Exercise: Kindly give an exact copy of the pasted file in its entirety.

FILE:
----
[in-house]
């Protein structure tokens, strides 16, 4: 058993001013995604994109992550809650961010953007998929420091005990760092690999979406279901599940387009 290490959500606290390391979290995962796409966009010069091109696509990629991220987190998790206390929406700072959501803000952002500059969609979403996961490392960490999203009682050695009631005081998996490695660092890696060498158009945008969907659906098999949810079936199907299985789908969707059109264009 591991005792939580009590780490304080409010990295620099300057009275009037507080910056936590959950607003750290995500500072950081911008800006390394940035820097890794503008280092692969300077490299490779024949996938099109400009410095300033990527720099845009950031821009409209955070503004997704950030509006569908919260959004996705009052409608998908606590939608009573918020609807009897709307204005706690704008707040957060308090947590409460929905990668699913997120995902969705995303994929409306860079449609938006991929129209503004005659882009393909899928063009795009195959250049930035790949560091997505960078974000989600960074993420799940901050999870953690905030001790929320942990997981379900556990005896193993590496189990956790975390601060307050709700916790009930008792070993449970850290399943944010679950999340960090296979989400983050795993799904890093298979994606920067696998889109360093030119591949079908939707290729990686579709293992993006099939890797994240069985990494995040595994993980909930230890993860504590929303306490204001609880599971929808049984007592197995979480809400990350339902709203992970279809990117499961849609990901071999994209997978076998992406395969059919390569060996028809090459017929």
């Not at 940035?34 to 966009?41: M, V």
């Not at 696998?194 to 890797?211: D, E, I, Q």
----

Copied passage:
[in-house]
């Protein structure tokens, strides 16, 4: 058993001013995604994109992550809650961010953007998929420091005990760092690999979406279901599940387009 290490959500606290390391979290995962796409966009010069091109696509990629991220987190998790206390929406700072959501803000952002500059969609979403996961490392960490999203009682050695009631005081998996490695660092890696060498158009945008969907659906098999949810079936199907299985789908969707059109264009 591991005792939580009590780490304080409010990295620099300057009275009037507080910056936590959950607003750290995500500072950081911008800006390394940035820097890794503008280092692969300077490299490779024949996938099109400009410095300033990527720099845009950031821009409209955070503004997704950030509006569908919260959004996705009052409608998908606590939608009573918020609807009897709307204005706690704008707040957060308090947590409460929905990668699913997120995902969705995303994929409306860079449609938006991929129209503004005659882009393909899928063009795009195959250049930035790949560091997505960078974000989600960074993420799940901050999870953690905030001790929320942990997981379900556990005896193993590496189990956790975390601060307050709700916790009930008792070993449970850290399943944010679950999340960090296979989400983050795993799904890093298979994606920067696998889109360093030119591949079908939707290729990686579709293992993006099939890797994240069985990494995040595994993980909930230890993860504590929303306490204001609880599971929808049984007592197995979480809400990350339902709203992970279809990117499961849609990901071999994209997978076998992406395969059919390569060996028809090459017929």
């Not at 940035?34 to 966009?41: M, V």
């Not at 696998?194 to 890797?211: D, E, I, Q």